Republican presidential candidates Donald Trump and Sen. Ted Cruz have reacted to the terror attacks in Brussels Tuesday by suggesting a restriction on Muslims entering the U.S., along with patrolling Muslim neighborhoods to prevent youth from becoming radicalized.
Cruz said America needs to "immediately halt the flow of refugees from countries with a significant al-Qaeda or ISIS presence."
"We need to empower law enforcement to patrol and secure Muslim neighborhoods before they become radicalized. We need to secure the southern border to prevent terrorist infiltration. And we need to execute a coherent campaign to utterly destroy ISIS," he added, in a statement. more >>
The Rev. Franklin Graham has responded to the terror attacks in Brussels on Tuesday by calling for the U.S. to temporary halt immigration to people from Muslim countries, warning that otherwise the terror seen in Europe is coming to America.
"Join me in praying for the victims and families of the Muslim terrorist attack in Belgium today. Islamists have told us we will see more of these attacks and we have to take their threats seriously," Graham wrote on Facebook Tuesday.
"I have long supported a temporary halt to immigration, especially for those coming from Muslim countries, until we have a vetting program that works and we can know who these people are. If we can't get an accurate background check, they don't come in. It's as simple as that," he added. more >>
Pope Francis and the Archbishop of Canterbury called for prayers Tuesday after 34 were killed and at least 180 injured in terrorist attacks in Brussels, Belgium.
The Vatican's secretary of state released a statement on behalf of the pope to Archbishop Jozef De Kesel of Malines-Bruxelles, saying the pontiff will pray for the victims of this "blind violence."
"Having learned of the attacks in Brussels, affecting many people, His Holiness Pope Francis entrusts the deceased to God's mercy and joins in prayer in the suffering of their relatives," the statement said, adding that the pope "expresses his deepest sympathy for the injured and their families, and all those who contribute to the rescue operations, asking the Lord to bring them comfort and consolation in their ordeal." more >>
There is reason to believe about the rising tension in the Pacific, and while most would think that the arrival of two British ships in Japan to transport plutonium to the U.S. is a scary thought that supports that notion, the shipment is actually part of a bilateral agreement.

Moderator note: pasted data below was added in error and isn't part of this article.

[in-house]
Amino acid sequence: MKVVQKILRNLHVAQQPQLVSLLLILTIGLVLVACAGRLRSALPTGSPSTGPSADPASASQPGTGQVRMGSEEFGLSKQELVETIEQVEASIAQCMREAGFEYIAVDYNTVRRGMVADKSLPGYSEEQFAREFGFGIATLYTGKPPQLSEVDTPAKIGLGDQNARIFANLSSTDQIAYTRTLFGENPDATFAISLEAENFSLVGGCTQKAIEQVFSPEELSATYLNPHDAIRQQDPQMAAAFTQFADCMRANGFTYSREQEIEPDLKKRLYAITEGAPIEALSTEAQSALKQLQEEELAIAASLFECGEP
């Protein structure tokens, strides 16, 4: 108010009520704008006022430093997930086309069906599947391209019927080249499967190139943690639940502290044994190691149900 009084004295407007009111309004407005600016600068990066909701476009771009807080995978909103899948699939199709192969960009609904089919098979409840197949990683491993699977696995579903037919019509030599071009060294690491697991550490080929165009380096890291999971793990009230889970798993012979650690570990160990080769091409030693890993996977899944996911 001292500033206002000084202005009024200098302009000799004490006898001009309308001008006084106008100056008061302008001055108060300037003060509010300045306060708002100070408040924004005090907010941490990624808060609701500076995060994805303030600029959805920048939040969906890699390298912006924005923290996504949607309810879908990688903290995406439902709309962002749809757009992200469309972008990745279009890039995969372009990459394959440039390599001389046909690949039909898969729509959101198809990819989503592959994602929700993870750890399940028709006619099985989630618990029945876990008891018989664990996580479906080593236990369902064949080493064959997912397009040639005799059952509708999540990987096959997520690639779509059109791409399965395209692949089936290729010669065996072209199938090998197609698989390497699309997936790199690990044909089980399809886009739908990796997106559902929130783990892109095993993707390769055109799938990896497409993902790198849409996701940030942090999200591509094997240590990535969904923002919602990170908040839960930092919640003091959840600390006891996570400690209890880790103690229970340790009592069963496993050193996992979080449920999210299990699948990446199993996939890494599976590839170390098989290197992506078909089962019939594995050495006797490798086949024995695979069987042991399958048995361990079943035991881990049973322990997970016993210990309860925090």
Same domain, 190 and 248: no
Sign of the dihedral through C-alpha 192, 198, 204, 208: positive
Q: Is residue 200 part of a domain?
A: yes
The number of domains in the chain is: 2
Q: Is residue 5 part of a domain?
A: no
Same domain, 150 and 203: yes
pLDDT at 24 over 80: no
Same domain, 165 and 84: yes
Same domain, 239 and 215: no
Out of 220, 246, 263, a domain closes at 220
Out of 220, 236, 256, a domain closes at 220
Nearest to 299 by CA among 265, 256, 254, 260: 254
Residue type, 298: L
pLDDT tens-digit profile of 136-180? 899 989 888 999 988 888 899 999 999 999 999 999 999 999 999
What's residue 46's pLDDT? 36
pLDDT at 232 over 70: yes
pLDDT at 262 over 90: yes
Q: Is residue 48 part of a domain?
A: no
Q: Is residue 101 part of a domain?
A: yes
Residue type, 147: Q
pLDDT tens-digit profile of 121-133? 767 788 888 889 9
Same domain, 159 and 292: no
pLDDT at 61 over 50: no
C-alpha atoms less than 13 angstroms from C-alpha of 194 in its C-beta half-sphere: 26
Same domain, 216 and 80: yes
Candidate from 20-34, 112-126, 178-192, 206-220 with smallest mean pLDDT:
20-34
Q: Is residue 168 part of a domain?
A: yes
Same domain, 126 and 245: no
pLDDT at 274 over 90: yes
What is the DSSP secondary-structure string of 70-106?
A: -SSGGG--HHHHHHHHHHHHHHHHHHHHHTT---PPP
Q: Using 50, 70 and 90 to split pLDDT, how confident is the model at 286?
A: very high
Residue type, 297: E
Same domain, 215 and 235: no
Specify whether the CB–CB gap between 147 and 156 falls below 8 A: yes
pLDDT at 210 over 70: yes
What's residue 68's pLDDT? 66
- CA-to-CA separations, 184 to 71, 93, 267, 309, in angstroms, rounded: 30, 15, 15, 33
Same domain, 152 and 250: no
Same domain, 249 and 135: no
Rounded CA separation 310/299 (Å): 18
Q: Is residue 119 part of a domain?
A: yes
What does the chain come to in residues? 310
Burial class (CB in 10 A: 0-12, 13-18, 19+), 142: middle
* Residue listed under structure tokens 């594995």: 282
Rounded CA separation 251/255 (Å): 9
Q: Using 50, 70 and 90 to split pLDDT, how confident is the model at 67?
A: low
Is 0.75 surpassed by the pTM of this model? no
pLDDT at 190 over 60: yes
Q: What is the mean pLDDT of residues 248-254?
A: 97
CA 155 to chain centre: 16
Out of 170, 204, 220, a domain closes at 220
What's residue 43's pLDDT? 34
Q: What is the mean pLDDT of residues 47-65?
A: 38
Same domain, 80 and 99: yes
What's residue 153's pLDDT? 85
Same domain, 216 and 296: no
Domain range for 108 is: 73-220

The Associated Press said that the said ships docked at a coastal village called Tokai, which also happens to be the same area where the Japan Atomic and Energy Agency is headquartered. The British ships intend to load and transport plutonium, which for those who don't know, is one of the main components of making the atomic bomb.
And while Japanese authorities aren't saying anything about the arrival of the ships and the subsequent loading of plutonium casks, The AP got hold of information that the ships are the Pacific Heron and the Pacific Egret, both of which are under the Pacific Nuclear Transport Ltd. The job is to take about 700 pounds of the material to South Carolina, particularly to the Savannah River Site. Accordingly, the plutonium actually came from the U.S. and was sent to the Japanese for research. more >>
Pope Francis broke from his Palm Sunday homily where he recalled the suffering of Jesus Christ to decry the treatment of refugees, noting that those who ignore their plight are like those who washed their hands of Jesus' fate.
In a prepared speech, Francis spoke about the pain and suffering Christ went through before his crucifixion at the hands of the Roman soldiers, including "mockery, insults, and spitting," along with beatings and torture.
"He suffers in His body terrible brutality: the blows, the scourging and the crown of thorns make His face unrecognizable. He also experiences shame and disgraceful condemnation by religious and political authorities: He is made into sin and considered to be unjust," Francis said. more >>
U.S. President Barack Obama turns from sightseeing to state business on his historic Cuba trip on Monday, pressing President Raul Castro for economic and democratic reforms while hearing complaints about continued U.S. economic sanctions.
Obama and Castro will have their fourth meeting, likely their most substantial, at the Palace of the Revolution, where Castro and his predecessor, older brother Fidel Castro, have led Cuba's resistance to U.S. pressure going back decades.
A U.S. presidential visit to the inner sanctum of Cuban power would have been unthinkable before Obama and Raul Castro's rapprochement 15 months ago, when they agreed to end a Cold War-era dispute that lasted five decades and continued even after the collapse of the Soviet Union. more >>